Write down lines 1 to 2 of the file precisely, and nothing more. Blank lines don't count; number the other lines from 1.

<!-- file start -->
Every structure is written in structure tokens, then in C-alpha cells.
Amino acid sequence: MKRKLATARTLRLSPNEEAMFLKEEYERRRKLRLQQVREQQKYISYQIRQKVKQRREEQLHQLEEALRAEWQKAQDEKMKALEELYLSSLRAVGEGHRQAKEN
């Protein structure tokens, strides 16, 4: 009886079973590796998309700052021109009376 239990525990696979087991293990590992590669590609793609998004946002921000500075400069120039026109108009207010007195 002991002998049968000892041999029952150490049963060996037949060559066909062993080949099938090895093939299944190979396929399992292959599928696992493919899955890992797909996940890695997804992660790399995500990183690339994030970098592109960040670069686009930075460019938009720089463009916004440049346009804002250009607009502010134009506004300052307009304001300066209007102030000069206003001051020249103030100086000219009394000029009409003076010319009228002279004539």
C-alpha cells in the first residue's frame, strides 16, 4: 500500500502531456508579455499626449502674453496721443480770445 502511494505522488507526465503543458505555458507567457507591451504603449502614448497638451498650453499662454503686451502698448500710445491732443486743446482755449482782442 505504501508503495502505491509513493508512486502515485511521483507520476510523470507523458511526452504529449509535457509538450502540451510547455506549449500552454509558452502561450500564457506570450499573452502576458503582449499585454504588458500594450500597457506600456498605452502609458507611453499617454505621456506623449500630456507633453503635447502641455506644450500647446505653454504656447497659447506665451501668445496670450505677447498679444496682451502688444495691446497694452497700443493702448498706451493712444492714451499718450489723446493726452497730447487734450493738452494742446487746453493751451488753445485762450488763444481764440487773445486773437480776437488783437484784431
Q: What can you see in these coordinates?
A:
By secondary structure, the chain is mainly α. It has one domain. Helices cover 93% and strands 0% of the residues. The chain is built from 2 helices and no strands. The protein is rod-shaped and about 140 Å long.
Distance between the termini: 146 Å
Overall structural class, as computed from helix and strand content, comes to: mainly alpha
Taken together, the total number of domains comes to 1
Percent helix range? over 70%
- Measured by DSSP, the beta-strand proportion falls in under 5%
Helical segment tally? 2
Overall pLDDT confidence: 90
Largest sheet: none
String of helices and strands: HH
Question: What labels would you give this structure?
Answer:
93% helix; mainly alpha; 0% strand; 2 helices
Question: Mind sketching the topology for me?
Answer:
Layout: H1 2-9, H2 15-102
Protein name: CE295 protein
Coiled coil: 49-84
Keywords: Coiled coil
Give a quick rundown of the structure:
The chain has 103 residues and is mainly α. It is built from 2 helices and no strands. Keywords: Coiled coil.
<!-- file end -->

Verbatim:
Every structure is written in structure tokens, then in C-alpha cells.
Amino acid sequence: MKRKLATARTLRLSPNEEAMFLKEEYERRRKLRLQQVREQQKYISYQIRQKVKQRREEQLHQLEEALRAEWQKAQDEKMKALEELYLSSLRAVGEGHRQAKEN